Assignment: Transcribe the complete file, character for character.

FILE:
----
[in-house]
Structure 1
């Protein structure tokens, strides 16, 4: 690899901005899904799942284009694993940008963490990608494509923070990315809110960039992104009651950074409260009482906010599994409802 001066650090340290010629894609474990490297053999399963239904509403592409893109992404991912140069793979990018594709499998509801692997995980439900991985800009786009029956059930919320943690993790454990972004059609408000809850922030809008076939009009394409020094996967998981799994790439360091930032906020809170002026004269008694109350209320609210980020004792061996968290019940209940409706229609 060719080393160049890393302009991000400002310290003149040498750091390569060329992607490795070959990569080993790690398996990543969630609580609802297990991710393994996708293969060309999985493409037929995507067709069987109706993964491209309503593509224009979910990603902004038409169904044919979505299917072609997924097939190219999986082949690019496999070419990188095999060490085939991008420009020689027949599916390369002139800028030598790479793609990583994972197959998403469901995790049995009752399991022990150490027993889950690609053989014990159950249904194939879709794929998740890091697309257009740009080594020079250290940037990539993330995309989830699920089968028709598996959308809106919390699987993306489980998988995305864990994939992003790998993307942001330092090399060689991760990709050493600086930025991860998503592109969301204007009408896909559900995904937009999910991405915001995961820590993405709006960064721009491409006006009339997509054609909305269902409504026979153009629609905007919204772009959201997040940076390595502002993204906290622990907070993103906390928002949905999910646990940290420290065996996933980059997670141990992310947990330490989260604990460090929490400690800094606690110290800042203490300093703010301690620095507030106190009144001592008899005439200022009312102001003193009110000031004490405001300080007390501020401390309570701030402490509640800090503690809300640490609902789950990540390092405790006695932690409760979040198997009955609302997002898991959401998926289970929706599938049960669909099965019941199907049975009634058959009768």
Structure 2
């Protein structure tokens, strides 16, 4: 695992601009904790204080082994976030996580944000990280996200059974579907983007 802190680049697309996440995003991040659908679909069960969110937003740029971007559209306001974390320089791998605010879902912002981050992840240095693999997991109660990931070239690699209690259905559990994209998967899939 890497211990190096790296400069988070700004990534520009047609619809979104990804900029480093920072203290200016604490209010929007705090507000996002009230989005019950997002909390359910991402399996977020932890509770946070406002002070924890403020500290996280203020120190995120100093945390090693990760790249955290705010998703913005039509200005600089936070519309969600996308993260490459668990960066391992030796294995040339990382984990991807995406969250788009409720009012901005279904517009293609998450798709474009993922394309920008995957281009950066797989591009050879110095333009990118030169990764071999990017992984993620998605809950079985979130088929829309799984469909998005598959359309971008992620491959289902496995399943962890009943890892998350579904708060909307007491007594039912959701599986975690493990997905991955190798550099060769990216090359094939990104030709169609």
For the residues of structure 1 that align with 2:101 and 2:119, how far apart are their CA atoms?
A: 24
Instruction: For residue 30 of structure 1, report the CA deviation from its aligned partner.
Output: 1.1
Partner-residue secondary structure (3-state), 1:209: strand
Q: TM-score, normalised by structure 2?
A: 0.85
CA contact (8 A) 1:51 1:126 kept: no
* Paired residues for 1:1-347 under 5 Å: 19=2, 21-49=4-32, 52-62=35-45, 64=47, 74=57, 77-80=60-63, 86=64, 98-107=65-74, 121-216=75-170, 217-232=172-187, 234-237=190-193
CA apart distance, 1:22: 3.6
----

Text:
[in-house]
Structure 1
């Protein structure tokens, strides 16, 4: 690899901005899904799942284009694993940008963490990608494509923070990315809110960039992104009651950074409260009482906010599994409802 001066650090340290010629894609474990490297053999399963239904509403592409893109992404991912140069793979990018594709499998509801692997995980439900991985800009786009029956059930919320943690993790454990972004059609408000809850922030809008076939009009394409020094996967998981799994790439360091930032906020809170002026004269008694109350209320609210980020004792061996968290019940209940409706229609 060719080393160049890393302009991000400002310290003149040498750091390569060329992607490795070959990569080993790690398996990543969630609580609802297990991710393994996708293969060309999985493409037929995507067709069987109706993964491209309503593509224009979910990603902004038409169904044919979505299917072609997924097939190219999986082949690019496999070419990188095999060490085939991008420009020689027949599916390369002139800028030598790479793609990583994972197959998403469901995790049995009752399991022990150490027993889950690609053989014990159950249904194939879709794929998740890091697309257009740009080594020079250290940037990539993330995309989830699920089968028709598996959308809106919390699987993306489980998988995305864990994939992003790998993307942001330092090399060689991760990709050493600086930025991860998503592109969301204007009408896909559900995904937009999910991405915001995961820590993405709006960064721009491409006006009339997509054609909305269902409504026979153009629609905007919204772009959201997040940076390595502002993204906290622990907070993103906390928002949905999910646990940290420290065996996933980059997670141990992310947990330490989260604990460090929490400690800094606690110290800042203490300093703010301690620095507030106190009144001592008899005439200022009312102001003193009110000031004490405001300080007390501020401390309570701030402490509640800090503690809300640490609902789950990540390092405790006695932690409760979040198997009955609302997002898991959401998926289970929706599938049960669909099965019941199907049975009634058959009768």
Structure 2
């Protein structure tokens, strides 16, 4: 695992601009904790204080082994976030996580944000990280996200059974579907983007 802190680049697309996440995003991040659908679909069960969110937003740029971007559209306001974390320089791998605010879902912002981050992840240095693999997991109660990931070239690699209690259905559990994209998967899939 890497211990190096790296400069988070700004990534520009047609619809979104990804900029480093920072203290200016604490209010929007705090507000996002009230989005019950997002909390359910991402399996977020932890509770946070406002002070924890403020500290996280203020120190995120100093945390090693990760790249955290705010998703913005039509200005600089936070519309969600996308993260490459668990960066391992030796294995040339990382984990991807995406969250788009409720009012901005279904517009293609998450798709474009993922394309920008995957281009950066797989591009050879110095333009990118030169990764071999990017992984993620998605809950079985979130088929829309799984469909998005598959359309971008992620491959289902496995399943962890009943890892998350579904708060909307007491007594039912959701599986975690493990997905991955190798550099060769990216090359094939990104030709169609």
For the residues of structure 1 that align with 2:101 and 2:119, how far apart are their CA atoms?
A: 24
Instruction: For residue 30 of structure 1, report the CA deviation from its aligned partner.
Output: 1.1
Partner-residue secondary structure (3-state), 1:209: strand
Q: TM-score, normalised by structure 2?
A: 0.85
CA contact (8 A) 1:51 1:126 kept: no
* Paired residues for 1:1-347 under 5 Å: 19=2, 21-49=4-32, 52-62=35-45, 64=47, 74=57, 77-80=60-63, 86=64, 98-107=65-74, 121-216=75-170, 217-232=172-187, 234-237=190-193
CA apart distance, 1:22: 3.6